How to deal: If this type of person is in your life, try talking to them about their behavior at parties and any changes you think they could make to help you feel safer going out with them.  If their behavior does not change or they are not willing to listen, consider finding new people to party with.  Go here for more about having a safe and healthy social life or participate in a One Act  training session (and take your party buddy with you!).

The Stresser:  Everyone stresses about grades, papers, and due dates because doing your best academically is important.  However, when a person says that they want to study with you, but then just overshares their stress rather than reviewing the course material, they are probably just increasing your stress level and distracting you.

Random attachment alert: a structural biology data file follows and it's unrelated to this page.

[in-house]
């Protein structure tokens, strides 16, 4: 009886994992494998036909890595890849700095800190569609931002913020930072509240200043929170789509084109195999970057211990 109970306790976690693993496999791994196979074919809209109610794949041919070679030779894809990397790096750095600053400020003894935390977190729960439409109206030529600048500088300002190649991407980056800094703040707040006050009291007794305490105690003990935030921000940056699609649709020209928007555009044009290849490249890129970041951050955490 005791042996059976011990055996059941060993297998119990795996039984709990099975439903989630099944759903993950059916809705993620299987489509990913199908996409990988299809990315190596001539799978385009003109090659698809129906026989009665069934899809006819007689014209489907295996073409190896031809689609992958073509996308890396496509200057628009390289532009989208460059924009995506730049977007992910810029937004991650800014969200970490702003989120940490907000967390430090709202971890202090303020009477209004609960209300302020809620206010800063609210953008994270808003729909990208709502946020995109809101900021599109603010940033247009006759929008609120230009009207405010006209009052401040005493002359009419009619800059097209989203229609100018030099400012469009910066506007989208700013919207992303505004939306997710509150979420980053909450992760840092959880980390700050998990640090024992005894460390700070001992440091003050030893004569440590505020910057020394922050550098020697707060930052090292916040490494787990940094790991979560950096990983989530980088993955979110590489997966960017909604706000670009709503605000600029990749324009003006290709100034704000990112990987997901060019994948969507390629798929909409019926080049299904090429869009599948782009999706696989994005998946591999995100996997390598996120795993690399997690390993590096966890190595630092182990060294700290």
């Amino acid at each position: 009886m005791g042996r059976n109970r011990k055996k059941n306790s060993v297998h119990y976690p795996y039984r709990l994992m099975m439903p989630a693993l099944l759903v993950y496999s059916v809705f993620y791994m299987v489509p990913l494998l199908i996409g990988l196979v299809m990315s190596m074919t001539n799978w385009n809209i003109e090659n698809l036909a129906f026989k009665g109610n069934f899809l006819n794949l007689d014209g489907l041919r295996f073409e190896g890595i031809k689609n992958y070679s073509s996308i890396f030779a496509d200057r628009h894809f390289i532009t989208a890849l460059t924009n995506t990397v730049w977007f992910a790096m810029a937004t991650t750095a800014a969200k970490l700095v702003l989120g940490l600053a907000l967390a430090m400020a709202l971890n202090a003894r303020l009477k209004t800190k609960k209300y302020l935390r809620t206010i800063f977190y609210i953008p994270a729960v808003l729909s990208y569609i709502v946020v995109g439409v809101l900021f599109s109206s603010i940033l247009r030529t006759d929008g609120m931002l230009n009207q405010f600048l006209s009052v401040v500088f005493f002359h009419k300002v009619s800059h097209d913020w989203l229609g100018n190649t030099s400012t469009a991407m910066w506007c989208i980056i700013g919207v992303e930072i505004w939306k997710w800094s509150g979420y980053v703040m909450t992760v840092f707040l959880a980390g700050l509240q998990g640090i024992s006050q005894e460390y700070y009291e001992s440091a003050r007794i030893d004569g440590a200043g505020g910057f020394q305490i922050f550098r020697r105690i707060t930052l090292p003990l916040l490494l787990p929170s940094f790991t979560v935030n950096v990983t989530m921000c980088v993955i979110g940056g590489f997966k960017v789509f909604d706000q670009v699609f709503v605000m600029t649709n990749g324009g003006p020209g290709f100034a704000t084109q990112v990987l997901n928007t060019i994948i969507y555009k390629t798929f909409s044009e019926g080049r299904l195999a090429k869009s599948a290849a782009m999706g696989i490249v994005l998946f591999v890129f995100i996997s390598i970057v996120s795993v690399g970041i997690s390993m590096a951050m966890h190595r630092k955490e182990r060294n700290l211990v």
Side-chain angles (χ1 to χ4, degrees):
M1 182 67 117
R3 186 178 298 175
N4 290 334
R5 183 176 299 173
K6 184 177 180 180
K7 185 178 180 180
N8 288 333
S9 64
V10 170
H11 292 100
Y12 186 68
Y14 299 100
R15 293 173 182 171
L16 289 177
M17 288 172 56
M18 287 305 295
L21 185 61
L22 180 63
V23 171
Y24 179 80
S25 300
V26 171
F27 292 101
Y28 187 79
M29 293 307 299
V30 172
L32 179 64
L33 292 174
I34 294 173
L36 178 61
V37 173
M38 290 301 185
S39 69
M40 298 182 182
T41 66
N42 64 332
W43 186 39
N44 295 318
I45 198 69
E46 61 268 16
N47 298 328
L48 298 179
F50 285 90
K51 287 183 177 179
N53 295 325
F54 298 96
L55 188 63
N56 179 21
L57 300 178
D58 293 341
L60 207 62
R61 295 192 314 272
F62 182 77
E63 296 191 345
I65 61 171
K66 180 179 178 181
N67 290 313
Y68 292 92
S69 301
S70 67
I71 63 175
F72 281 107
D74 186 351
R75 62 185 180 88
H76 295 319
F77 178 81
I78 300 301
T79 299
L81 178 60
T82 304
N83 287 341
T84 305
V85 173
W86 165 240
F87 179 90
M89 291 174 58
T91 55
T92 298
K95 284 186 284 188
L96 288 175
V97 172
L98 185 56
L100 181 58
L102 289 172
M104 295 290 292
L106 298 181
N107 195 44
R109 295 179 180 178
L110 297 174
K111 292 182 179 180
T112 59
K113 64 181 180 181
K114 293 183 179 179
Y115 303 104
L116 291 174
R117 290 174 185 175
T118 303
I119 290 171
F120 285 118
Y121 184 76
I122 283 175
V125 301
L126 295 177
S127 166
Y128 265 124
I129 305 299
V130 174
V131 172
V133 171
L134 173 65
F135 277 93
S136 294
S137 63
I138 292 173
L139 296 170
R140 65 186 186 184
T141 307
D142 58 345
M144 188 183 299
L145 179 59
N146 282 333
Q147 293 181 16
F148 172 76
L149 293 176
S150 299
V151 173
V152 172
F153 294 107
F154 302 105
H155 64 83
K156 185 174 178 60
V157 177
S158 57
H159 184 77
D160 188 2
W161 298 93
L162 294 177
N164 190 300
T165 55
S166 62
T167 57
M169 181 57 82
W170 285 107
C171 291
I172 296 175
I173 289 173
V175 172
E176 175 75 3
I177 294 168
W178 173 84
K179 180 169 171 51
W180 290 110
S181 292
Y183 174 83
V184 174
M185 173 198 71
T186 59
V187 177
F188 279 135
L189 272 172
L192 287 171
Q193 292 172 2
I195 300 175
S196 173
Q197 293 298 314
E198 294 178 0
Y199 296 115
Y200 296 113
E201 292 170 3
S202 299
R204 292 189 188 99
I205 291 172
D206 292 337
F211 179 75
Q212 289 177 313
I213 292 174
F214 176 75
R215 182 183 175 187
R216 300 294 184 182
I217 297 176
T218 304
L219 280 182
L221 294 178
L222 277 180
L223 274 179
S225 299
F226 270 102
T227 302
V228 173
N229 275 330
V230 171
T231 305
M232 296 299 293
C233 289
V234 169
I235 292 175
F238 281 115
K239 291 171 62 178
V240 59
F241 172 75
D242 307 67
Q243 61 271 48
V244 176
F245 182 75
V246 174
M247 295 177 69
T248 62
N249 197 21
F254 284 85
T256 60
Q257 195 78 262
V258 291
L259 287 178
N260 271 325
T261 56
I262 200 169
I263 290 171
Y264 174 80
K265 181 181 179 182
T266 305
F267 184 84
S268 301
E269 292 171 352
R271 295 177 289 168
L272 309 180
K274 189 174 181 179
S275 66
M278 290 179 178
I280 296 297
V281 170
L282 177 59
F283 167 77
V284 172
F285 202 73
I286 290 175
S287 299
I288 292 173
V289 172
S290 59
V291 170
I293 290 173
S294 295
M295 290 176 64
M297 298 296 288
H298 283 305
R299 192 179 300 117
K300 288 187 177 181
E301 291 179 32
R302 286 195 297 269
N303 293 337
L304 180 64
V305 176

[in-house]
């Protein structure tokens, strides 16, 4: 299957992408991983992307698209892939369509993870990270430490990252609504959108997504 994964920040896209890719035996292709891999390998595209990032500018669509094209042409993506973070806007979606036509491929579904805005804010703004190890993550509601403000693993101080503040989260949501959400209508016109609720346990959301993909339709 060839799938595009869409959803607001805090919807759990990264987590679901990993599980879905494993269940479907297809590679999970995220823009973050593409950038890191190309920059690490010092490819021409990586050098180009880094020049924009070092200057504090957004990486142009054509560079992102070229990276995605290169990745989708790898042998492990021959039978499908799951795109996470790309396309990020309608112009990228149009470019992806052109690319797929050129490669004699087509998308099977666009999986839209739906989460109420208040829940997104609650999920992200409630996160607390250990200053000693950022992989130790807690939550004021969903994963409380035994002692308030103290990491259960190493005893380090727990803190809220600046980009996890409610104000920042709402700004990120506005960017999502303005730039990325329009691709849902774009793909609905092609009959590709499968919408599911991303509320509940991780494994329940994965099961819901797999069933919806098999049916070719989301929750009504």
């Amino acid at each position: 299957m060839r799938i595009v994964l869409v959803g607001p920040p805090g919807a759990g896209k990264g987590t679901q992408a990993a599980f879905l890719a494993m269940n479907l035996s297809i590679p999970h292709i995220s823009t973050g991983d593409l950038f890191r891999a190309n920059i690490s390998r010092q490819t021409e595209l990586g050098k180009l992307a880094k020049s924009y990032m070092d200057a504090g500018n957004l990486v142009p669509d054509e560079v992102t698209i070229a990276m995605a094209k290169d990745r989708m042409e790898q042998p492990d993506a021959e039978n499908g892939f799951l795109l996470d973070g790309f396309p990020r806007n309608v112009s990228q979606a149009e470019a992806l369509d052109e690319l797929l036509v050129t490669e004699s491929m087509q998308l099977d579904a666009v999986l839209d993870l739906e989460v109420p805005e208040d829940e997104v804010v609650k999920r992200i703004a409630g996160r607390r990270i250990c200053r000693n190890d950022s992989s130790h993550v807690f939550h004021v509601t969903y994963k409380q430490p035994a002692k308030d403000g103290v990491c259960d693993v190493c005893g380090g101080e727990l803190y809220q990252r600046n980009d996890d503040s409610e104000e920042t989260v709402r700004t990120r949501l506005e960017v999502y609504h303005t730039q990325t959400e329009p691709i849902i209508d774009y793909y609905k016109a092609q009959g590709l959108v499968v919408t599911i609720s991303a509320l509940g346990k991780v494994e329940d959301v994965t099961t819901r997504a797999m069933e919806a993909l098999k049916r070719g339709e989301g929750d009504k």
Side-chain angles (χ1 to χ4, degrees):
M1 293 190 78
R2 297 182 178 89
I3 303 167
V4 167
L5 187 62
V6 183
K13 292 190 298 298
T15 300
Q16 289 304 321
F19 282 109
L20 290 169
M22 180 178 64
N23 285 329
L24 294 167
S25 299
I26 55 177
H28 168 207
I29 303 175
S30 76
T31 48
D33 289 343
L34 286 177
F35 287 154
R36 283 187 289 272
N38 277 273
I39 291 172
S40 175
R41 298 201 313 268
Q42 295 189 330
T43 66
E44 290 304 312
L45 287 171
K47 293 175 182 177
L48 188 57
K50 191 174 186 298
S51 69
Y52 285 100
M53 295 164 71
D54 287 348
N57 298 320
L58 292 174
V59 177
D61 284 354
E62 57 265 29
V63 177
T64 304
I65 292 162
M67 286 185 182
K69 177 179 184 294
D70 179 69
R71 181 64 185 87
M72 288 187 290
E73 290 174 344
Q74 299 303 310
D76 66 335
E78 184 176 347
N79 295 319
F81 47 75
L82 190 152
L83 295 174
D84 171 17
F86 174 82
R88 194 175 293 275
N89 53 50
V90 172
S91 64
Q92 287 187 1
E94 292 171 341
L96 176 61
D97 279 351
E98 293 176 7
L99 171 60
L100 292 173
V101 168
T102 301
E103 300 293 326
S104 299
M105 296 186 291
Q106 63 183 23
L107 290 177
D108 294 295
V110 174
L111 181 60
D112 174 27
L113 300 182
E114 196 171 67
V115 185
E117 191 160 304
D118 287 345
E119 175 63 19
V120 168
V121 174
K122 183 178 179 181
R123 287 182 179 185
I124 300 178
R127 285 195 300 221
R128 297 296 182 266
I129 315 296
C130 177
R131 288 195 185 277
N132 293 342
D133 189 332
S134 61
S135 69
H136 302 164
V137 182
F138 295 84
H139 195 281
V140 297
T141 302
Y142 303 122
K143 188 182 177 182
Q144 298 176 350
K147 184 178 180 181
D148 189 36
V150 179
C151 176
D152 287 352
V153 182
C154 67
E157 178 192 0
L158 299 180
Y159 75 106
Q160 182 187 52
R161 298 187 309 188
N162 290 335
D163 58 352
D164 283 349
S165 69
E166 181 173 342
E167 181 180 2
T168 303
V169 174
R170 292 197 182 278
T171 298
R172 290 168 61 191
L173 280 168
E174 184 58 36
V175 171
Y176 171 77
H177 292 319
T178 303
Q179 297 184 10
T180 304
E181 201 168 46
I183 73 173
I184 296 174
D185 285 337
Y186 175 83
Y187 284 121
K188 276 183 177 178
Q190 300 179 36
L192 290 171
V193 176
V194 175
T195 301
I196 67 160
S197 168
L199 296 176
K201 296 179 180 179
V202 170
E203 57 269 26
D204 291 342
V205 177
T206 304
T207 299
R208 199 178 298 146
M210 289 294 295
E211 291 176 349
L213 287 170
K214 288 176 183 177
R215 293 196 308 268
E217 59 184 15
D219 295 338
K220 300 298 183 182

How to deal: If The Stresser does not tone it down after you tell them that they are stressing you out; think about distancing yourself from them in academic contexts.  For example, if they approach you in Davis tell them that you are sorry they are stressed but you have a big deadline looming and you need to get back to work, but that you would be happy to meet up with them after you turn in your paper or take your test.

The Competitor:  This person gets competitive with you regarding everything from leadership positions to physical fitness to Twitter follower numbers.  Being around this type of person could be motivating, but is often just stressful.